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Papers of the Week

2022 Aug

Am Fam Physician



Arthropod Bites and Stings.


Herness J, Snyder MJ, Newman R S
Am Fam Physician. 2022 Aug; 106(2):137-147.
PMID: 35977137.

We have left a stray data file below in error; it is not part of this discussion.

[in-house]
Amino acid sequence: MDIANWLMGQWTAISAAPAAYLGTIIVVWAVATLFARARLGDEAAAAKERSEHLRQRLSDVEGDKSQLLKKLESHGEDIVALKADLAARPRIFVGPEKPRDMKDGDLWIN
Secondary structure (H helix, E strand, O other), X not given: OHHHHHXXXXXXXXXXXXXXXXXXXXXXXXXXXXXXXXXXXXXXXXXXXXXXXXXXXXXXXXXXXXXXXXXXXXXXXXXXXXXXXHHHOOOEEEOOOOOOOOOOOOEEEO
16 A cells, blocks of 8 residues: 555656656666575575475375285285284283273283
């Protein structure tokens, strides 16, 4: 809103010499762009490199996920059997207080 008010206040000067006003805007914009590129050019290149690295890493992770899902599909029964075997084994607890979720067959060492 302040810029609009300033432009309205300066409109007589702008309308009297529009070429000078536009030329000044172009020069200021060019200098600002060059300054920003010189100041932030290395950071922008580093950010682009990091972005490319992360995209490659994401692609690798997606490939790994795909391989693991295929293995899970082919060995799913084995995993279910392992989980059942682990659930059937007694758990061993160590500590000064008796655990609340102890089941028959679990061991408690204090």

Arthropods, including insects and arachnids, significantly affect humans as vectors for infectious diseases. Arthropod bites and stings commonly cause minor, usually self-limited reactions; however, some species are associated with more severe complications. Spider bites are rarely life-threatening. There are two medically relevant spiders in the United States. Widow spider (Latrodectus) envenomation can cause muscle spasm and severe pain that should be treated with analgesics and benzodiazepines. Antivenom is not widely available in the United States but may be considered for severe, refractory cases. Recluse spider (Loxosceles) bites are often overdiagnosed, should be treated supportively, and only rarely cause skin necrosis. Centruroides scorpions are the only medically relevant genus in the United States. Envenomation causes neuromuscular and autonomic dysfunction, which should be treated with analgesics, benzodiazepines, supportive care, and, in severe cases, antivenom. Hymenoptera, specifically bees, wasps, hornets, and fire ants, account for the most arthropod-related deaths in humans, most commonly by severe allergic reactions to envenomation. In severe cases, patients are treated with analgesia, local wound care, and systemic glucocorticoids. Diptera include flies and mosquitoes. The direct effects of their bites are usually minor and treated symptomatically; however, they are vectors for numerous infectious diseases. Arthropod bite and sting prevention strategies include avoiding high-risk areas, covering exposed skin, and wearing permethrin-impregnated clothing. N,N-diethyl- m-toluamide (DEET) 20% to 50% is the most studied and widely recommended insect repellant.